Historical cost is amount of the book value of current assets
plus the net book value (NBV) of the long-lived assets
NBV is the asset’s historical cost less accumulated
depreciation
A problem arises when long-lived assets are a significant
portion of total investment because historical cost often does
not reflect current market value
Relatively small historical cost value = significantly
overstated ROI (and the “illusion of profitability”)
19-14
Measurement Issues: ROI
Assets can be measured at either historical cost (NBV or
GBV) or at some measure of current value:
 Net book value (NBV) is historical (acquisition) cost, less
accumulated depreciation/amortization
 Gross book value (GBV) is the historical cost without the
reduction for depreciation (removes the age bias)
 Replacement cost represents the current cost to replace the assets
at the current level of service and functionality (purchase price)
 Liquidation value is the price that could be received from their sale
(sale price or “exit value”)
19-15
ROI Measurement Issues
(Exhibit 19.3)
CompuCity has three marketing regions: 15 stores in the
Midwest; 18 stores in the Boston area; and 13 stores in
South Florida. Current value information appears
below.
Financial data
Income
Midwest
$ 26,000
Boston area
38,500
South Florida
16,850
ROI
Midwest
Boston area
South Florida
NBV
$ 192,500
212,000
133,000
Gross
Book Value
$ 250,500
445,000
155,450
Replace.
Cost
$ 388,000
650,000
225,500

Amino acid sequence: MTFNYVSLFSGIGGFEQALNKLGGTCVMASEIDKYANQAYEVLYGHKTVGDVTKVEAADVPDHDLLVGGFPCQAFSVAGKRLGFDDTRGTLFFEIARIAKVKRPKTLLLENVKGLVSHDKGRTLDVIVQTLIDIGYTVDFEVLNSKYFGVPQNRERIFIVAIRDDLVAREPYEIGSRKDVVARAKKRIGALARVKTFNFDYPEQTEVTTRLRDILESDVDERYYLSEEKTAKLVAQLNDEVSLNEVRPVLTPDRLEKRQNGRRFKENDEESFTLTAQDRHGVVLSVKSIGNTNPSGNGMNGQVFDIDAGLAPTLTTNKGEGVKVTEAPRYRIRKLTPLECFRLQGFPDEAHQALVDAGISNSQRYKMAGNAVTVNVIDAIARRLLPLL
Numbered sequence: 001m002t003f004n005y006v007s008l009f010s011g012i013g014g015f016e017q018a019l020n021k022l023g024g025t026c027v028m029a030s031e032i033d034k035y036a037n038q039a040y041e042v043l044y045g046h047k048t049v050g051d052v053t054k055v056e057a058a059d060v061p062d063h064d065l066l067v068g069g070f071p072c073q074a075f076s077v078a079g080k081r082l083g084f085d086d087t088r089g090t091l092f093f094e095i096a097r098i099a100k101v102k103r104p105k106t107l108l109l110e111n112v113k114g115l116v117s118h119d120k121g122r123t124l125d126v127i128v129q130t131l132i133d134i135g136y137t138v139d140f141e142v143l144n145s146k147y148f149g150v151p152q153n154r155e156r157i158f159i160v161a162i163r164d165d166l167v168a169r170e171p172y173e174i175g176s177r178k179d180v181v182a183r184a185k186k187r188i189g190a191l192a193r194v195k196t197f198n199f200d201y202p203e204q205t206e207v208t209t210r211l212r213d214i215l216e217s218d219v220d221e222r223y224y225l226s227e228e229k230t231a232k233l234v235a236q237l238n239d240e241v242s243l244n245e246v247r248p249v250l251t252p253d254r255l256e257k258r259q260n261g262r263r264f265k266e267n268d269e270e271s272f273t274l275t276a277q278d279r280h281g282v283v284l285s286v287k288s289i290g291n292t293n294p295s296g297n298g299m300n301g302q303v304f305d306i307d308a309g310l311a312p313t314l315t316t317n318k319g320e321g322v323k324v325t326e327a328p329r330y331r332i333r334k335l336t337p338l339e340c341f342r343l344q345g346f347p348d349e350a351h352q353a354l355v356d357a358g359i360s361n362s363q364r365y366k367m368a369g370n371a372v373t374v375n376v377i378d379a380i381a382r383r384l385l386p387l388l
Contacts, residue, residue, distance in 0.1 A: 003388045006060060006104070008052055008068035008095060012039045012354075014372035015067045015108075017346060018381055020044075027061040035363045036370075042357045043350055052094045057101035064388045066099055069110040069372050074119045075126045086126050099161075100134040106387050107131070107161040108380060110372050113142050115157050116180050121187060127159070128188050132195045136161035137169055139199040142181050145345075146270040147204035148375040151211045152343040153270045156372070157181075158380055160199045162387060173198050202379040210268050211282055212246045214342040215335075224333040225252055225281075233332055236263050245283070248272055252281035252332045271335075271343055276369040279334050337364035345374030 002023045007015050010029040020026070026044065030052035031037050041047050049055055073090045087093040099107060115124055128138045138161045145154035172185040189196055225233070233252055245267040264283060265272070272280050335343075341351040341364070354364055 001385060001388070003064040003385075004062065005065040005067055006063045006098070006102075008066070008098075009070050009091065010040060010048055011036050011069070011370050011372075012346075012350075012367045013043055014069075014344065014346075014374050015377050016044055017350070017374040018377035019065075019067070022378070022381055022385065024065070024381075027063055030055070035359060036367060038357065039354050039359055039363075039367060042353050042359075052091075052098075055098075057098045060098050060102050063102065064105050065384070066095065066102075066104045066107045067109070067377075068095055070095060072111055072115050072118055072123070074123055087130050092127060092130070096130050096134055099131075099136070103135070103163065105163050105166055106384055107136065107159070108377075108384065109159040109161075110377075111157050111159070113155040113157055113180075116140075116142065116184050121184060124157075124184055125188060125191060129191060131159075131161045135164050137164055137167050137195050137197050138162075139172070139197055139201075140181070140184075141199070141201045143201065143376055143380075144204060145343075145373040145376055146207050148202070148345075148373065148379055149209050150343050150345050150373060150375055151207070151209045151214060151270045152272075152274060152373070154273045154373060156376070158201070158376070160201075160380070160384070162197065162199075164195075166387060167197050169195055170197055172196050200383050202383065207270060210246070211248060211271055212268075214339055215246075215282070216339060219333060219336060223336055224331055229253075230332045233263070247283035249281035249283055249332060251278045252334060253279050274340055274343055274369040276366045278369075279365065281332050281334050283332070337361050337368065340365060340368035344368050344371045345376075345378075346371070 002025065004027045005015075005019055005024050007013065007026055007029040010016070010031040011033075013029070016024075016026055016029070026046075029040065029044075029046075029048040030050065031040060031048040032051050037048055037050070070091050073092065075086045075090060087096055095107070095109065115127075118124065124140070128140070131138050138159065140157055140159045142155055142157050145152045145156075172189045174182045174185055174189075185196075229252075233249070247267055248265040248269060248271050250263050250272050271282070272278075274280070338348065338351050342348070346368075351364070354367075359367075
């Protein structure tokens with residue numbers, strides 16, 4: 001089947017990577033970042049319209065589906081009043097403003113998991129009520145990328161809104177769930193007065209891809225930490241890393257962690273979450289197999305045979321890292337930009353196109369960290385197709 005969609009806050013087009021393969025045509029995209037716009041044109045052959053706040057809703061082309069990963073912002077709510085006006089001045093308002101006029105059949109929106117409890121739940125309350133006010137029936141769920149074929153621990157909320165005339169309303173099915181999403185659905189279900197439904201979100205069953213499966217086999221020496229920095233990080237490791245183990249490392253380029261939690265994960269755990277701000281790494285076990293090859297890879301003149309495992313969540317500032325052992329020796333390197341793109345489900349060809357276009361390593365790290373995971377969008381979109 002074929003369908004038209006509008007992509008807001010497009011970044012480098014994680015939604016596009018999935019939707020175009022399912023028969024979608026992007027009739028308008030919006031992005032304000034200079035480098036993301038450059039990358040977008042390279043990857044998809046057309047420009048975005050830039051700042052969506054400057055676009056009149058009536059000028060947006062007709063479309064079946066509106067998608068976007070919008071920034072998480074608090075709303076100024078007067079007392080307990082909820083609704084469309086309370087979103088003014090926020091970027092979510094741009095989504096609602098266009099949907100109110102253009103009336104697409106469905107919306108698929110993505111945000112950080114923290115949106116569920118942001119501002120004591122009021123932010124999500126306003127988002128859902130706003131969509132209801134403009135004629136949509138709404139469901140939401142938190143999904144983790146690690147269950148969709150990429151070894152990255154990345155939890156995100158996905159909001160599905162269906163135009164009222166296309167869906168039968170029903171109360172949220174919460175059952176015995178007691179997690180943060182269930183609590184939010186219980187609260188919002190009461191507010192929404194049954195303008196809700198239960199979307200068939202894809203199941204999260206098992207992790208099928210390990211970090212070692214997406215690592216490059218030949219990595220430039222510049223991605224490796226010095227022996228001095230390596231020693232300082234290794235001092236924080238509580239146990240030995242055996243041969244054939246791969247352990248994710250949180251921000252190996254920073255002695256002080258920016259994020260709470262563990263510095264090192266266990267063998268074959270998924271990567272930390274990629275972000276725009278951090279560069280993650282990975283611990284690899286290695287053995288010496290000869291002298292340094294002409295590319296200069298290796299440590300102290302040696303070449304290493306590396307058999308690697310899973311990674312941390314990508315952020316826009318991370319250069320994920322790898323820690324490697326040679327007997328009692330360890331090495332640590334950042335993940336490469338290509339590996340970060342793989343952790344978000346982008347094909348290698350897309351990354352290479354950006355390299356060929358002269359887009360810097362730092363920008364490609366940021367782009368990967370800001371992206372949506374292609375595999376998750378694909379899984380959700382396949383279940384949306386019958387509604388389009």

Liquid.
Value
$ 332,000
1,254,600
195,000
13.5%
18.2%
12.7%
10.4%
8.7%
10.8%
6.7%
5.9%
7.5%
7.8%
3.1%
8.6%
19-16
Asset Measurement in ROI
Calculations: Summary Analysis
 At first glance the Boston area appears to be the most
profitable, but when the age of the store is factored in
(GBV), the ROI figures for all three regions are
comparable
 Replacement cost is useful for evaluating manager’s
performance (South Florida is slightly in the lead)
 The analysis of liquidation-based ROIs is useful for
showing CompuCity management that the real estate
value of these stores could now exceed their value as
CompuCity retail locations
19-17
Strategic Issues Regarding the Use of ROI
for Performance-Evaluation Purposes
 Value-creation in the new economy—can this be captured by
the ROI measure?
 Short-run focus of the metric:


Numerator issues?
Denominator issues?
 Decision model and performance-evaluation model
inconsistency (e.g., NPV vs. ROI)
19-18
Summary Comments: Selected
Advantages and Limitations of ROI
Advantages